One shocking crime, amid countless others, occurred in Cleveland, Ohio. In 2012; a police officer was acquitted in the deaths of two, unarmed Blacks, after leaping onto the hood of their car and firing 15 rounds from his semi-automatic rifle into the car's occupants. That is 137 shots, at point blank range, into the bodies of two unarmed people.

If this were an anomaly, it would be barbaric, but it is not: it is common practice for the police to kill unarmed Blacks, and, on the rare occasions that they are charged with a crime, for the judges and juries to acquit them.

In the U.S., Black citizens are disproportionally imprisoned. With for-profit prisons on the rise, this injustice will only increase.

Abu-Jamal relates story after story with the same plot, and only the names are different. An unarmed Black man is stopped by the police for any of a variety of reasons ranging from trivial (broken tail light), to more significant (suspect in a robbery). But too often, the outcome is the same: the Black man is dead and the police officer who killed him, more often than not white, is either not charged, or acquitted after being charged.

The Black Lives Matter movement formed to combat this blatant injustice, but it will be an uphill battle. As Abu-Jamal says, "Police serve the ownership and wealth classes of their societies, not the middling or impoverished people. For the latter, it is quite the reverse." As a result, people of color suffer disproportionately, too often winding up on the wrong side of a gun.

What is to be done? Abu-Jamal refers to the writings of Dr. Huey P. Newton, who calls not for community policing, but for community control of the police. Abu-Jamal argues forcefully for a new movement, "driven by commitment, ethics, intelligence, solidarity, and passions; for without passion, the embers may dim and die."

Have Black Lives Ever Mattered? is powerful, disturbing, well-written, and an important book for our day.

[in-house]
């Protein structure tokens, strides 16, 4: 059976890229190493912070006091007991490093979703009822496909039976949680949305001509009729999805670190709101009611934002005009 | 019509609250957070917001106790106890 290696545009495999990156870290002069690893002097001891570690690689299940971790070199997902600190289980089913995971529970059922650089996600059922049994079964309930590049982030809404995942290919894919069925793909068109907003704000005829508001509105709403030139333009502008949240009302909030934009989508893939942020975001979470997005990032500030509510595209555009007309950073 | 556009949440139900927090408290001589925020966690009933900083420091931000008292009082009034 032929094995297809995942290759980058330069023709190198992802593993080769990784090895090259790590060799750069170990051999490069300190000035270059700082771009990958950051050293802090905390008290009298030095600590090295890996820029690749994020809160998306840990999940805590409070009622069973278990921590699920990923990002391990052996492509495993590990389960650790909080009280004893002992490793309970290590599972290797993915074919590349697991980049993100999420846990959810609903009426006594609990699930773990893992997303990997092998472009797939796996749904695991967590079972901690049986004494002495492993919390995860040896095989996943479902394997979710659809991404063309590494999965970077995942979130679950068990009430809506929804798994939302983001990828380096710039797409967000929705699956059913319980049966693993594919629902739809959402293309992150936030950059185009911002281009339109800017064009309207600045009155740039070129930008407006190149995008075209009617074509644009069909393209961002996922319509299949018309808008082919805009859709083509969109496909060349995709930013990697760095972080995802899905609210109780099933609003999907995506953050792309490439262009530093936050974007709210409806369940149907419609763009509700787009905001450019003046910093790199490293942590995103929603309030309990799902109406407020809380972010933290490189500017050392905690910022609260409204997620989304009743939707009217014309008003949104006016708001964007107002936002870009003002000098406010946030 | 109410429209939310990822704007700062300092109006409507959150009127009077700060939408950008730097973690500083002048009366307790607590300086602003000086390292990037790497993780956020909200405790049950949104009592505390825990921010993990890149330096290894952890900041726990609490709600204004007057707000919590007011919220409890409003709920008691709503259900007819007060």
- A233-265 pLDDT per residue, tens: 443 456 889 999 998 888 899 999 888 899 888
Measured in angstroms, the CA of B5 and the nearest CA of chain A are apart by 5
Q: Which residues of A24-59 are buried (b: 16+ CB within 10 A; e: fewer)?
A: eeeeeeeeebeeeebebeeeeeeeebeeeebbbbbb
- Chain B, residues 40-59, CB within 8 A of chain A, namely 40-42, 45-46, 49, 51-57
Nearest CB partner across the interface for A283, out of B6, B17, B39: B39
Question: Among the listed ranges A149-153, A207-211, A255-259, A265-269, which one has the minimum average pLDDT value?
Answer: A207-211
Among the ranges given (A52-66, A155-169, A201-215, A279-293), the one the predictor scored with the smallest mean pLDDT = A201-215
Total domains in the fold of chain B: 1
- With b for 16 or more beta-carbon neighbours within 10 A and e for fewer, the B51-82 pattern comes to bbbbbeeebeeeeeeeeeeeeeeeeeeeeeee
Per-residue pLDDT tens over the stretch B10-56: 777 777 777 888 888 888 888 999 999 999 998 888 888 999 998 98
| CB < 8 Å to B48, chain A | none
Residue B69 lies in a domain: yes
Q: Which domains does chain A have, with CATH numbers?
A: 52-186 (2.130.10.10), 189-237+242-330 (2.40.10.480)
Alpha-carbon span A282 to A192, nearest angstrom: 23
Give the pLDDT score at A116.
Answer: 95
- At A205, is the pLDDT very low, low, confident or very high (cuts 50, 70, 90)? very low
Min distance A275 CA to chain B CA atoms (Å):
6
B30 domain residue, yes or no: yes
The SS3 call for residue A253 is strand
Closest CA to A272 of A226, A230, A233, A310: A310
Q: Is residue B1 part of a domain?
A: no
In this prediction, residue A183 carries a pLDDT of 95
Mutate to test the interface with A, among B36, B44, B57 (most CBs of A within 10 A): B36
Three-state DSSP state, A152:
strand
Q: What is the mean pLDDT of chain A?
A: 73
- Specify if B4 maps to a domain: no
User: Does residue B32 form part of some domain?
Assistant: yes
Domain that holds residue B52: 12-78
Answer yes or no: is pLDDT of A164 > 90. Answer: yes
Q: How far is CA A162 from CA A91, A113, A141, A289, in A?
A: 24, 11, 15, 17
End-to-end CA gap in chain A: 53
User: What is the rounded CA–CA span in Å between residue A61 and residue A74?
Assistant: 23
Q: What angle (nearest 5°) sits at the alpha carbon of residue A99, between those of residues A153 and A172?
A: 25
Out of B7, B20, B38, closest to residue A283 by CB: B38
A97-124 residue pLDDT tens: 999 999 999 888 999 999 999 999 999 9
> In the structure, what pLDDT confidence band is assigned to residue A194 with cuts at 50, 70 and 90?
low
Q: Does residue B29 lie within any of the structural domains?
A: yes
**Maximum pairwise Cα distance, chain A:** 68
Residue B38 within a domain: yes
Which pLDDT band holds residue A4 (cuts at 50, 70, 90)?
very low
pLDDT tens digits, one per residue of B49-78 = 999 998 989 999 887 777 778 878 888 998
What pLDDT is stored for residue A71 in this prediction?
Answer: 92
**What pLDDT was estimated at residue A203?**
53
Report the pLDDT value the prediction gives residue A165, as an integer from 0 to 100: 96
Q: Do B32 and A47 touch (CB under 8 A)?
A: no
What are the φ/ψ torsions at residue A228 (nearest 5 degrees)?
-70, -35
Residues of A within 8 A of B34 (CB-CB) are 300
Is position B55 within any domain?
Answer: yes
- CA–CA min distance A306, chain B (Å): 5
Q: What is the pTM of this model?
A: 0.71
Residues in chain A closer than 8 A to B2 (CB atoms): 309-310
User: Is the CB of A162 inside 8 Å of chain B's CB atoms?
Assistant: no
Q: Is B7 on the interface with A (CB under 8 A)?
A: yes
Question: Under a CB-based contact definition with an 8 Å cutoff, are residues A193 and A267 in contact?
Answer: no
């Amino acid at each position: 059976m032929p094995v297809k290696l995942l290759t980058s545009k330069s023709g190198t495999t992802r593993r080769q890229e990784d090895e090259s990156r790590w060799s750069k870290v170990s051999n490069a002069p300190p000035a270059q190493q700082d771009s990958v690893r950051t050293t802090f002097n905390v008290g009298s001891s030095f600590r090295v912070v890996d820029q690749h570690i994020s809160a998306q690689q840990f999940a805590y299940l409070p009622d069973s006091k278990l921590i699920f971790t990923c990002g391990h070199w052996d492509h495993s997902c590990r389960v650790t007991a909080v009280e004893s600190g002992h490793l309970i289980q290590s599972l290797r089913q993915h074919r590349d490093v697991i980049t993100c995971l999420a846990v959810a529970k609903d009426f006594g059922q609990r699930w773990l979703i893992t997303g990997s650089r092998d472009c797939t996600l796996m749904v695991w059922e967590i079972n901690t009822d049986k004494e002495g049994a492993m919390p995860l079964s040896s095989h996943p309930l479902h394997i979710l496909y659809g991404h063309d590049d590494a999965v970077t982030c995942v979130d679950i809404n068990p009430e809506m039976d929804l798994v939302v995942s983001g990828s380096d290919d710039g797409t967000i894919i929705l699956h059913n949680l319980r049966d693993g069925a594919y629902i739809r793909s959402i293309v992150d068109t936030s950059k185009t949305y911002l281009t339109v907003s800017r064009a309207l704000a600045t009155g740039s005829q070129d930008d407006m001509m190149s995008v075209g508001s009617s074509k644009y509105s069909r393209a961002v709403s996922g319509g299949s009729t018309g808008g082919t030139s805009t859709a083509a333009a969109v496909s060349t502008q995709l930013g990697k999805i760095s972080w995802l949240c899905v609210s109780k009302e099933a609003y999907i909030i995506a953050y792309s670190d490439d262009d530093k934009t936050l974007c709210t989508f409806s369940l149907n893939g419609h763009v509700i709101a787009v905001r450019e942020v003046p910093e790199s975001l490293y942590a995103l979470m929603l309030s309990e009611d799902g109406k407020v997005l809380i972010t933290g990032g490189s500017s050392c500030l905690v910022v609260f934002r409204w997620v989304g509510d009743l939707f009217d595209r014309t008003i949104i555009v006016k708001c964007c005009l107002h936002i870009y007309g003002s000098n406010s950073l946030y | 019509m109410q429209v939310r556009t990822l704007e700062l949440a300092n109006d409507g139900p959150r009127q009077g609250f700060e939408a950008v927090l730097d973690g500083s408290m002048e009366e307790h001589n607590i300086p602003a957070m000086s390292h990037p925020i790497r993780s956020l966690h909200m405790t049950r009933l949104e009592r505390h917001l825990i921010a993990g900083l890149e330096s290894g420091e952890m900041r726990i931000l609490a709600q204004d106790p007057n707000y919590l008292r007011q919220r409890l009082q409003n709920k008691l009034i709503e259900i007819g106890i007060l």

Robert Fantina is the author of Empire, Racism and Genocide: A History of U.S. Foreign Policy. His articles on foreign policy, most frequently concerning Israel and Palestine, have appeared in such venues as Counterpunch and WarIsaCrime.org.

New York Journal of Books, July 2017





Campaign to Stop Modern Day Slavery in Colorado, Demanding Equal Rights to the Under Represented


Petitioning Denver FBI & US Department of Justice

Stop Slavery in Colorado

On May 29, 2008 at approximately 10:00 p.m. Omar Gent was driving in his car headed to the gas station; however was pulled over by local police for what was stated to be a "traffic violation". Omar was then arrested on scene and taken to be identified as the suspect of a local robbery. The victim was shown a photo of Omar Gent (which is illegal) and then was taken to the traffic stop where Omar was already handcuffed in the back of the police car and a one-on-one show up was held at a distance of approximately 20-30 feet; the victim  was unable to identify Omar as the suspect during the first show up.  After given a second show up the victim believed he was 90% sure Omar was the suspect.

Coworkers #1 and #2  were not present at the time of the robbery but were used as witnesses to help identify the suspect. Coworker #1 was also taken to the one-on-one show up and was asked to identify Omar as the suspect and he could not as he stated "I have astigmatism" and was not 100% sure Omar was the man.  Coworker #2 positively identified Omar Gent as the suspect because he stated, "there aren't that many black men in Parker Colorado." At the pretrial suppression of ID/photo line up the victim picked three other black men all with different builds and heights; although prior the victim was "90% sure" he had identified the right man. In addition, Coworker #1 stated during the trial that he was angry when he made the ID because he was ready to go home and coworker #2  told him that it was Omar.

Omar's car was illegally searched without consent or warrant. After his arrest and enduring many hours of integration, Omar asked for an attorney, yet all he received were more questions and did not receive the legal representation requested.  During interrogation, the police tried to coerce Omar to confess to the robbery or else they would throw his family out of their home.  Omar maintained his innocence and did not confess to the crime and as a result the police kept their word. Four Colorado Police Officers forcefully entered Omar's home  and began to search his home without a warrant or consent; Omar's family was present and told police that they were not given permission to enter. The police forced Omar's family out of their home into the Colorado winter night. The police took what they wanted during the illegal search of Omar's home. Omar's family filed a complaint against the city because of the illegal search of their home.  In efforts to conceal the police officers' wrongdoing, the presiding Judge sealed the legit complaint. In addition, the video interrogation showing Omar requesting to have legal representation and police threats to throw his family out of their home unless he confessed was deemed inadmissible in court.